Many young Pagans do not have opportunities to meet other Pagans and like-minded people, even in the era of the Internet. This is especially true for those folks who live in or come from small towns and remote areas in which the prevailing mindset of families and neighbors may be less than open-minded, and in which Internet access may be few and far between. But once those folks are able to get outside of the small town and into universities . . . that’s where the important changes can happen. And not just for people from small towns and remote areas, either. I attended high school in Waldorf, MD, and while I would not consider Waldorf to be remote (DC is only about 30 minutes away, after all), it definitely had what is commonly known as “small town mindset.” My opportunities to meet other Pagans were almost non-existent, and I was not interested in trying to meet people online because it seemed unwise to do so. The nearest metaphysical store was almost 2 hours away, so that was a bust.
But when I got to a big university and found the Pagan Student Union . . . literally, my life changed. For the first time, I really met people who understood what I was going through, who didn’t look at me as if I were strange or crazy when I talked about magick or energy or gods. People who didn’t tell me I was going to go to hell and didn’t try to shut me up. On the contrary, they wanted to hear my opinions and viewpoints, and encouraged open discussion. My mind and soul, so long deprived of real interaction with people who understood, burgeoned with new ideas and soaked up new information like a sponge (cliche, I know, but true).
I think groups like this are incredibly important. Groups that cater specifically to minority faiths can help those who come from backgrounds like mine, as well as those who just want to expand their knowledge of other ways of being. Groups like this, if they do active community work of some kind, help to foster a sense of community and dispel negative stories and beliefs held by others about their religion. I think it’s very important to keep groups like this alive and thriving on university and college campuses, not only for the students and staff who are involved or want to be involved, but because these groups can help to improve the public image of the whole religion/spirituality/faith. I’m not saying that that’s the most important part or reason for a group like the PSU, but it is something to really consider, in my opinion. Most importantly, Pagan and other minority-faith student unions allow students and affiliated peoples to meet in a safe space, to learn, share, and grow with people who understand what they have been through and what they currently face. My Christian friends may sympathize with what I have been through, for example, but until you have had verbal insults hurled at you for no other reason than your religion is different, you can’t truly understand what that feels like. While I love my Christian and non-Pagan friends dearly, unless they have experienced something like that, they tend to give me the sympathetic look or the deer-in-headlights stare when I describe it.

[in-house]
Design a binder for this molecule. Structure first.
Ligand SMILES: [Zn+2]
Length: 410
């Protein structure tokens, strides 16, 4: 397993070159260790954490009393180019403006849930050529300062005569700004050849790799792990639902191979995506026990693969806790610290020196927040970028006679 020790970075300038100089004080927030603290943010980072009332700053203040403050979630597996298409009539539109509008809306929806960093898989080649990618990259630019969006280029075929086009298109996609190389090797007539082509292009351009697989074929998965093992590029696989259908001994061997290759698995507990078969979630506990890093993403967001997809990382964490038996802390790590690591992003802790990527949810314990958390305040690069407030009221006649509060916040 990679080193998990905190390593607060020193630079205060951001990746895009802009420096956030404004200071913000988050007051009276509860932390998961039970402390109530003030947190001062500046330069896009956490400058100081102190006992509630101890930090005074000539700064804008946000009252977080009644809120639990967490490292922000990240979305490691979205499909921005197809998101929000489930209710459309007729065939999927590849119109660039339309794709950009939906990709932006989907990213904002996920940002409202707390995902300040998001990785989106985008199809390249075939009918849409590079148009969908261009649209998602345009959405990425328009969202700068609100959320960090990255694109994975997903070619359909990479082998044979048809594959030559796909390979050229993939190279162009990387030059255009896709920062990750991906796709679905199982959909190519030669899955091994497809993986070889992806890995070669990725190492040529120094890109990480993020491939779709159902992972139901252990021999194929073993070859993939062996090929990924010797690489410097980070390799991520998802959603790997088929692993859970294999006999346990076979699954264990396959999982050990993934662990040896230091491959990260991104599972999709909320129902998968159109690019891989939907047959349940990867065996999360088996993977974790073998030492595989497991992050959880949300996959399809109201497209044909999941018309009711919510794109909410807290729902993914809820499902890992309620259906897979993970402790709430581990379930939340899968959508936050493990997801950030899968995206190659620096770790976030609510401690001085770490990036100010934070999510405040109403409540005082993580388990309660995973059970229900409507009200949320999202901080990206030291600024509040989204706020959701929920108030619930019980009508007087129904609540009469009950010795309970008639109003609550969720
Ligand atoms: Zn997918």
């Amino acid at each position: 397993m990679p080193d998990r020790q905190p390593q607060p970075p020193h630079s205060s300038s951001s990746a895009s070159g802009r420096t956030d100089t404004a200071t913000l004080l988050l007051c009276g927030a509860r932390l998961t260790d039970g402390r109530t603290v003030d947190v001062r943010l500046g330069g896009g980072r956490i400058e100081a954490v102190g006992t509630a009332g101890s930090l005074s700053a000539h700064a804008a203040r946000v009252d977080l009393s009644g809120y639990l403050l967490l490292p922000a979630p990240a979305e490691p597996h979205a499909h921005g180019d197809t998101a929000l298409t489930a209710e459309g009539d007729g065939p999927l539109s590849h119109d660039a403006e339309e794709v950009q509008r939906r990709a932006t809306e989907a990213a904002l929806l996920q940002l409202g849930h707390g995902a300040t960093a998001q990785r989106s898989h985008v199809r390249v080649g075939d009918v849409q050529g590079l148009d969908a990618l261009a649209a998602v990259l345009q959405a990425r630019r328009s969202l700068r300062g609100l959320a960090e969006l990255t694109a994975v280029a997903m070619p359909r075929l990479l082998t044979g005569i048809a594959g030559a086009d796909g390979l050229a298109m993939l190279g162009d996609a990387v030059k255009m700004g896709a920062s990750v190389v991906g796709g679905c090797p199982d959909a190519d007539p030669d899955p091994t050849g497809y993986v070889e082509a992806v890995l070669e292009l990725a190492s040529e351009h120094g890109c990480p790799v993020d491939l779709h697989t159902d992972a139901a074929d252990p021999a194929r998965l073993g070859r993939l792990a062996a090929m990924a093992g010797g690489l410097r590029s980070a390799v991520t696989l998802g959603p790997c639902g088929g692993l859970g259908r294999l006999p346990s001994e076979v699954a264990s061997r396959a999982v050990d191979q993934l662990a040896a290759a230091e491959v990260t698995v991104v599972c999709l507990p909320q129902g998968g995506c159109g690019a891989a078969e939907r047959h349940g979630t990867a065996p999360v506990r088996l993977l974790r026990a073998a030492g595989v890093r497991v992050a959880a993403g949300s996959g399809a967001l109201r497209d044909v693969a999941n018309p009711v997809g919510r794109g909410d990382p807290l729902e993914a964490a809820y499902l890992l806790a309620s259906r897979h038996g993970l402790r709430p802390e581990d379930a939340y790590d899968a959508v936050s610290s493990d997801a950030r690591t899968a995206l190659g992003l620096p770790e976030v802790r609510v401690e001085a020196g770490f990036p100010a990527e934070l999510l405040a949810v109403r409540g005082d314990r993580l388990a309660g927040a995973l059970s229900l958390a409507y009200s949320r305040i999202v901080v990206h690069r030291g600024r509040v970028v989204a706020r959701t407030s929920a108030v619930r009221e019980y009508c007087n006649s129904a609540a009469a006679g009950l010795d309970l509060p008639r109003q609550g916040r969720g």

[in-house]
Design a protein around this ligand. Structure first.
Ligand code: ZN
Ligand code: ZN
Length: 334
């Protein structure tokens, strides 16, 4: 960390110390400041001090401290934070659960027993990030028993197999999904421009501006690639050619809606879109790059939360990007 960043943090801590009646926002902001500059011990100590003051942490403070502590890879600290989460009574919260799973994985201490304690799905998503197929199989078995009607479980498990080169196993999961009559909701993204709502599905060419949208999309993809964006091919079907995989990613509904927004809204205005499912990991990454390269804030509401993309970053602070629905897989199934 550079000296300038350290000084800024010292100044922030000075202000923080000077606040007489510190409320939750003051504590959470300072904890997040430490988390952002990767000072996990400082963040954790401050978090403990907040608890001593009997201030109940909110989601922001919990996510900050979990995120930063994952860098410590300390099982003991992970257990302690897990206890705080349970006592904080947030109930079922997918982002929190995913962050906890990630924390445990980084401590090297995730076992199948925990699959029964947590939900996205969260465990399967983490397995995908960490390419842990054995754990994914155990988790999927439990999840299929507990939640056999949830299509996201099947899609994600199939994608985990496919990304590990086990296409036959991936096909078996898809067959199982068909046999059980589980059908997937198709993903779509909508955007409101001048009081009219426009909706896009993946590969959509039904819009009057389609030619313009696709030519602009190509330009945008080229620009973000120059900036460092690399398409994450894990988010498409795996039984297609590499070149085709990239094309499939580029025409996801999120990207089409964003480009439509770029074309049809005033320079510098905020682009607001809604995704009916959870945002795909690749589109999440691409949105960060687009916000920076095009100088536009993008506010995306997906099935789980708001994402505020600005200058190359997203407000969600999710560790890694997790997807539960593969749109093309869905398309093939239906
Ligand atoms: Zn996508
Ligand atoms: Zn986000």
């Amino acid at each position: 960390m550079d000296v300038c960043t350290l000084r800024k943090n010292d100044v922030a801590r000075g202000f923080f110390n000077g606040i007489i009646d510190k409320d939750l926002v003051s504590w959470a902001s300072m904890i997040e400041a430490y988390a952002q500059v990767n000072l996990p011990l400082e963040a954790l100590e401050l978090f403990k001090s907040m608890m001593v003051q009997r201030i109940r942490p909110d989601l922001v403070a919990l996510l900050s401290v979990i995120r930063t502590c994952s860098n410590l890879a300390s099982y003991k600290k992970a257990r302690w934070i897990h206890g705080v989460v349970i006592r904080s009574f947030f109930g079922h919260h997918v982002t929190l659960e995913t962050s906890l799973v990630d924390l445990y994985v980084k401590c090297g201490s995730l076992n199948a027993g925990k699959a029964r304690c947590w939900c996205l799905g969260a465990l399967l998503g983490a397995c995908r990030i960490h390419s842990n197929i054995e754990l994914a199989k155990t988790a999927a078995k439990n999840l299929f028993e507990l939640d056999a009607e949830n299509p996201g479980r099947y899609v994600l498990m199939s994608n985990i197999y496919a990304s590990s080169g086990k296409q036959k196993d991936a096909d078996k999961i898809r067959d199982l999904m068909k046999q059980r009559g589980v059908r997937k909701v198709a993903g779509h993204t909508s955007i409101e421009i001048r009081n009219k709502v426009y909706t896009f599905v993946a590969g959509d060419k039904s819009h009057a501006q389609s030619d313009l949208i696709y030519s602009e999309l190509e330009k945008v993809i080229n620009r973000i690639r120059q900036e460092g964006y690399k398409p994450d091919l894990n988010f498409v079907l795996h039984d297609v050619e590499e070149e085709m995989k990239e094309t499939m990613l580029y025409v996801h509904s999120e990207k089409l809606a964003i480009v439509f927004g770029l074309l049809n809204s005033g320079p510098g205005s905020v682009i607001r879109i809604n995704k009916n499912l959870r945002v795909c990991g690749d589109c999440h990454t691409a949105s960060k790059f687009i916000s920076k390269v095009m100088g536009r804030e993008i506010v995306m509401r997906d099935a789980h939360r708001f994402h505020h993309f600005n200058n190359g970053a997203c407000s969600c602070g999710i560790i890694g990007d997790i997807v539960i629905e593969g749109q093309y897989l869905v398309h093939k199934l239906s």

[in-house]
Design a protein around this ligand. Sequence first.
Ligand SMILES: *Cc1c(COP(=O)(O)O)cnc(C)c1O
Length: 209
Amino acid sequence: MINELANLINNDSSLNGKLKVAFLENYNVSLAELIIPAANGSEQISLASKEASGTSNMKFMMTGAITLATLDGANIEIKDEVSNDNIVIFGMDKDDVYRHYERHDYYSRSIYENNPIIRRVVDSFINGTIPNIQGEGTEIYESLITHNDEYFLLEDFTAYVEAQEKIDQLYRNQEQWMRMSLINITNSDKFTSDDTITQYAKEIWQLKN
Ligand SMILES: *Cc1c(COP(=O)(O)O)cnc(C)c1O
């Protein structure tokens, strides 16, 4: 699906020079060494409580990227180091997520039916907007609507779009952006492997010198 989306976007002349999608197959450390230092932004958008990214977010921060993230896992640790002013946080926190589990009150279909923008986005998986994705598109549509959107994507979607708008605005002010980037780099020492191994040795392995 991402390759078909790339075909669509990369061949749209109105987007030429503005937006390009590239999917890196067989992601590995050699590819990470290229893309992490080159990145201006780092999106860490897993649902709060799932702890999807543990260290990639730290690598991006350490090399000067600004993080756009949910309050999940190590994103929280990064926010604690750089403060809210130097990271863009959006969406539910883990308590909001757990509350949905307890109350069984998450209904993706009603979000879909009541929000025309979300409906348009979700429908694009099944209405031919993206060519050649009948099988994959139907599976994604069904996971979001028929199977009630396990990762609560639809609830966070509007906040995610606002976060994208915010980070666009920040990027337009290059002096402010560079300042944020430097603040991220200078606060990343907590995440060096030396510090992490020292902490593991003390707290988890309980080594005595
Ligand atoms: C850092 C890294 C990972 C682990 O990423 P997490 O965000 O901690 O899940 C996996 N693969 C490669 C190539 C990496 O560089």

Now, the main reason for writing this post is not only to state my opinion, but also to ask a question and ask for some advice. In my opinion, I think my PSU is not doing enough to bring in new people. The group seems to be a little bit stuck in terms of ideas and/or enthusiasm. While there isn’t very much I can do about the enthusiasm except to try to help them more, I thought I would ask others for some ideas of how to bring in new people and inject some new life into the PSU. What we’ve done in the past has been tarot readings (for free) at campus events, a bake sale, Q&A sessions, and advertising. The tarot readings are usually a hit, but doesn’t tend to bring many people to the meetings. Same with bake sales. We’ve had limited success with Q&As, but truth be told, it apparently wasn’t enough.
So what are some other ideas of how to bring in people? I’m afraid PSU will stagnate and die out once the current group has graduated in a year–and about half of the group has already graduated and is either in grad school, or just hanging out with old friends. Once those old friends are graduated, that half won’t be showing up any more, either. It would be a shame to have a resource like this fade away because the group’s leadership couldn’t be bothered to bring in enough new people to keep it alive when graduation forces a roll-over in membership.
After all, humans are herd animals, we follow the leader. A group is only as strong as its leader unless someone else steps up and does what needs to be done…but I’m afraid that’s a different topic entirely.